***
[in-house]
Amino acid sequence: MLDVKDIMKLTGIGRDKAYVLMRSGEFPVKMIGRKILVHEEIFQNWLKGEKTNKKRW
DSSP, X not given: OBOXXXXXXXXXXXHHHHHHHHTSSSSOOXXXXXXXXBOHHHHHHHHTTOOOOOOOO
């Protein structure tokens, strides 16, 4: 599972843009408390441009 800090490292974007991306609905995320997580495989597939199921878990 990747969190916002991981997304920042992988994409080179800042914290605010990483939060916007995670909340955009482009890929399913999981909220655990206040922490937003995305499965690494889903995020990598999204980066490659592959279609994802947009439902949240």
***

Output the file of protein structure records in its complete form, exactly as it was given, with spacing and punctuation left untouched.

[in-house]
Amino acid sequence: MLDVKDIMKLTGIGRDKAYVLMRSGEFPVKMIGRKILVHEEIFQNWLKGEKTNKKRW
DSSP, X not given: OBOXXXXXXXXXXXHHHHHHHHTSSSSOOXXXXXXXXBOHHHHHHHHTTOOOOOOOO
């Protein structure tokens, strides 16, 4: 599972843009408390441009 800090490292974007991306609905995320997580495989597939199921878990 990747969190916002991981997304920042992988994409080179800042914290605010990483939060916007995670909340955009482009890929399913999981909220655990206040922490937003995305499965690494889903995020990598999204980066490659592959279609994802947009439902949240």